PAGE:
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The Office of National Statistics (ONS) has released its latest figures on divorce in England and Wales. The data shows that there was a surge in new divorce applications in 2019 of over 18% compared to the previous year. This is believed to be the sharpest rise in divorce cases in nearly 50 years.

There were 107,599 divorces between opposite-sex couples, the highest number in five years. This equates to 8.9 divorces for every 1,000 married people, a rate that was just 7.5 in 2018. There were also 822 divorces recorded between same-sex couples. This represented a huge rise of nearly 50% compared to 2018.

The 2019 increase is certainly surprising, as divorce numbers have generally been on a downward trend for a number of years. According to the ONS report, this is partly because fewer people are getting married in the first place. It states:

"Changes in attitudes to cohabitation as an alternative to marriage or prior to marriage, particularly at younger ages, are likely to have been a factor affecting the general decrease in divorce rates since 2003."

What caused the 2019 rise in divorces?

These startling new figures beg the question – what happened in 2019 to cause so many marriages to fall apart?

According to the ONS, the explanation could actually be very simple. It could all be down to an administrative issue.

The ONS has said that at least part of the increase could be attributed to a casework backlog in 2018. This would make divorce cases lower in 2018 and higher in 2019, with many divorces from 2018 only being recorded in the following year’s figures.

The report stated:

"The size of the increase can be partly attributed to a backlog of divorce petitions from 2017 that were processed by the Ministry of Justice in early 2018, some of which will have translated into decree absolutes (completed divorces) in 2019.”

Another divorce spike on the horizon

Due to the intense pressures of 2020 during the start of the coronavirus pandemic, another sharp increase in divorce cases is almost certainly on the way. Numerous lockdowns, restrictions and hardship are bound to have exacerbated existing marriage problems.

The charity Citizen’s Advice saw a significant increase in searches for divorce guidance on its website as early as April 2020. And in September, this rise in searches was 25% higher than the same time in 2019.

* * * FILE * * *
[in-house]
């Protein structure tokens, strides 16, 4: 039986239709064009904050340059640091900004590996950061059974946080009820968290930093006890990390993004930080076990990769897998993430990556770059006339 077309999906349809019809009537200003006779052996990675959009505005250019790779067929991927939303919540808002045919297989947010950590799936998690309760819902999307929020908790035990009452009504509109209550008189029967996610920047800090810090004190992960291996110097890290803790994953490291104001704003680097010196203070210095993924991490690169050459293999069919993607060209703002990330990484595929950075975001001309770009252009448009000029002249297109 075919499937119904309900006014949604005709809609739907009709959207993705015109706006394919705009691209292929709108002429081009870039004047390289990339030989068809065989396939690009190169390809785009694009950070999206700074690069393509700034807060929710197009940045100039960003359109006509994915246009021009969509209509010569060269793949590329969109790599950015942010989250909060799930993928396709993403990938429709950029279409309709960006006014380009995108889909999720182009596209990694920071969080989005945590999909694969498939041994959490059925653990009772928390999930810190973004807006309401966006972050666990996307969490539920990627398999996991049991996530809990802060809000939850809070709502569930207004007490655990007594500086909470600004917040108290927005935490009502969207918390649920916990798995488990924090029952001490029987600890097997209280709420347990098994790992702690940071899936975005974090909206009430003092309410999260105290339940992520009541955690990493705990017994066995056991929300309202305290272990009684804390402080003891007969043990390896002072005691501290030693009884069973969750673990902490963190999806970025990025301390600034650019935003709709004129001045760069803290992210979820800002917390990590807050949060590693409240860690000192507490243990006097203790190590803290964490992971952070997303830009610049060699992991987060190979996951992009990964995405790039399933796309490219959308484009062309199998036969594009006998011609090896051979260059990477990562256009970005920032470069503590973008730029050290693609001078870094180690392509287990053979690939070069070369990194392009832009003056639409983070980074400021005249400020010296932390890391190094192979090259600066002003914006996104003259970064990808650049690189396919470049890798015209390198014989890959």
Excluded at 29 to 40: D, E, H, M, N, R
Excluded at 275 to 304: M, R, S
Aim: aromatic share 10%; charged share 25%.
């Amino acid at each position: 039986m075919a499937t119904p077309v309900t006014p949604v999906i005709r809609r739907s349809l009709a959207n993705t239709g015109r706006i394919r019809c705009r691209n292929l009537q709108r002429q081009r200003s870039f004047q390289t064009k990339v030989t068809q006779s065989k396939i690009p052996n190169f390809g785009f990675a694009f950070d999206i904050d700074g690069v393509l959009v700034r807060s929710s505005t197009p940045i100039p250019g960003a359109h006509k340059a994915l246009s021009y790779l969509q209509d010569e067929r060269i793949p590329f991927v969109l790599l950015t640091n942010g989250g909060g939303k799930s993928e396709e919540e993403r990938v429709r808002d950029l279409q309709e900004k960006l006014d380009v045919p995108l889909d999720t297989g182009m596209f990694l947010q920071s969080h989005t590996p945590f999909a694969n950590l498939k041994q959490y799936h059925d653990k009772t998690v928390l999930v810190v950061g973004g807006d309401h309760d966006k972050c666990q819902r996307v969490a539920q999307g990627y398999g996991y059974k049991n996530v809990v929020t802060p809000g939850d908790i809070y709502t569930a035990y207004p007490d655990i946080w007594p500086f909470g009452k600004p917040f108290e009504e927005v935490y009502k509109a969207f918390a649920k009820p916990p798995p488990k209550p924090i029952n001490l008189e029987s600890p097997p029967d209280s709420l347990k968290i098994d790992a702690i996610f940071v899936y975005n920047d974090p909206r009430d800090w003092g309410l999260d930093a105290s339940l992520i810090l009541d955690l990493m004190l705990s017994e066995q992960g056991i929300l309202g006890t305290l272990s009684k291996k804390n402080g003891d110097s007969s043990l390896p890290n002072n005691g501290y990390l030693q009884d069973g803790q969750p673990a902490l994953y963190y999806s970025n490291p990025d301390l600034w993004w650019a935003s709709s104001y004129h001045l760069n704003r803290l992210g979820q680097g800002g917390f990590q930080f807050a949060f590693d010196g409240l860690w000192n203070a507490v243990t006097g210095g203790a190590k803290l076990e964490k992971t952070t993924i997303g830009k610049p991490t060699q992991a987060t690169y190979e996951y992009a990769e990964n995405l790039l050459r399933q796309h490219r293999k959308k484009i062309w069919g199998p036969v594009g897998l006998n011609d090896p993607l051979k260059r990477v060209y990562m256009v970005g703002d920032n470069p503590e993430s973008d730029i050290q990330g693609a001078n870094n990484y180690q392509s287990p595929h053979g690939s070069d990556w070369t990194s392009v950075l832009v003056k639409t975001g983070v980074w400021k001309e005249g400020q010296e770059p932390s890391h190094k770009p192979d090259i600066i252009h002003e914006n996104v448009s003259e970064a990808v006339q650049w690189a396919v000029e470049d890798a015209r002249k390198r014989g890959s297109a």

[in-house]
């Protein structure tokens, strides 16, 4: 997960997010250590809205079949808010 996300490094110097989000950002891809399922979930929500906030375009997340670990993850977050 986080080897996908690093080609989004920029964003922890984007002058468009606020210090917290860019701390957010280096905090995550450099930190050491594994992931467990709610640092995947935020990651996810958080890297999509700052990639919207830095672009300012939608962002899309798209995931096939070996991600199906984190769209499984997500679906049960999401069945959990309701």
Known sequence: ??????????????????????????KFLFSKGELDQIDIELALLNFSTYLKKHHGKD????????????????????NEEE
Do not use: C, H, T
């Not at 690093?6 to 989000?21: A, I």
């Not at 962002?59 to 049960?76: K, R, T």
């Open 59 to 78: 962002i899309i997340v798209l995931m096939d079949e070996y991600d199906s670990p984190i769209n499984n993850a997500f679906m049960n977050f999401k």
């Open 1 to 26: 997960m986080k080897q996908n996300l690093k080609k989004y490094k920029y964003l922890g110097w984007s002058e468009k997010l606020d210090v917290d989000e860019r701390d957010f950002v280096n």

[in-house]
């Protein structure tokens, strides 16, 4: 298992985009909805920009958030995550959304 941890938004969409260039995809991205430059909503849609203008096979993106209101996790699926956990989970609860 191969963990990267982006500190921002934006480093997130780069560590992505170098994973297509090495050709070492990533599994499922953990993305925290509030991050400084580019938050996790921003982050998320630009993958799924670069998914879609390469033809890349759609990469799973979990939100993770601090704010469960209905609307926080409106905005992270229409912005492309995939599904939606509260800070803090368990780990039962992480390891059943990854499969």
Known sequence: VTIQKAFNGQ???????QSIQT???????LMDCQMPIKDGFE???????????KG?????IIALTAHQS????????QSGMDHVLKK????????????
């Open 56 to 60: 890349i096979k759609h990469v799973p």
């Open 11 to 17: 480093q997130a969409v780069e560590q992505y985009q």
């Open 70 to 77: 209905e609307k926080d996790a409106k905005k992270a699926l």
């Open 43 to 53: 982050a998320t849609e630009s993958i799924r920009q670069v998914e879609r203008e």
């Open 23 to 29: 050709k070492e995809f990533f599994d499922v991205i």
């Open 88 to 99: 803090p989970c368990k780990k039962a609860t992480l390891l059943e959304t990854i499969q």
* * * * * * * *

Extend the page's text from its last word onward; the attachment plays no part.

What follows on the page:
But if you’re facing marriage problems, you don’t have to go through it alone.

Get in touch with Wirral divorce solicitor Tracey Miller Family Law and we can help you arrange mediation and counselling, as well as reliable, practical divorce advice if you need it. Call us on 0151 515 3036 or contact us online – we’re here to help.

Scientists and sociologists at the University of Washington looked at patterns in divorce filings over a 14-year period. Presenting findings at the annual meeting of the American Sociological Association, lead researcher Professor Julie Brines revealed that they had uncovered a peak in divorce filings in both March and August between 2001 and 2015 in the state of Washington.

They believe that the cause of these increases at these particular times of year is couples putting off filing for divorce, ‘getting through the holidays’ for the sake of children and family relations. The stress of holidays is also thought to push couples to breaking point, especially if a particularly luxurious or expensive holiday, or a ‘make or break’ getaway, doesn’t live up to their high expectations.

Professor Brines explained:

“People tend to face the holidays with rising expectations, despite what disappointments they might have had in years past.

“They represent periods in the year when there's the anticipation or the opportunity for a new beginning, a new start, something different, a transition into a new period of life.

“It's like an optimism cycle, in a sense.”

Explaining why March and not January and February (the months immediately following Christmas) is a peak month for divorce filings, researchers argued that the financial strain of the festive period and the darker days of winter could put people off making a serious decision such as filing for divorce. When spring rolls around with its longer days and brighter weather, this has historically been seen as a time when people feel motivated to make significant changes in their lives.

In order to establish if this is a nationwide and perhaps even global pattern, researchers are now extending their research to cover divorce filings in other states such as Ohio, Florida, Arizona and Minnesota.

Divorce filings up after school holidays

Another expert, family lawyer Ayesha Vardag, also told the Daily Mail that their firm had often seen divorce rates shoot up and occasionally even triple immediately following the school holidays. She explained:

“Proximity to family members for a sustained period of time, particularly in close quarters in a hotel or holiday let is a prime cause.

“With a summer holiday, the pressures of keeping everyone occupied while finding time to relax paradoxically creates more tension for parents who have travelled abroad in search of sunnier climes.

“These tensions will only worsen with a relationship that is already on the rocks and, without the daily distractions that enable denial such as work, colleagues and friends, reality can really begin to bite.”

If you’ve found yourself facing a similar situation following a ‘make or break’ holiday, now is the time to seek some expert advice from a UK partnership law expert. Get in touch with the team at Tracey Miller, Wirral divorce solicitors, for a friendly chat – whether or not now is the right time to start divorce proceedings.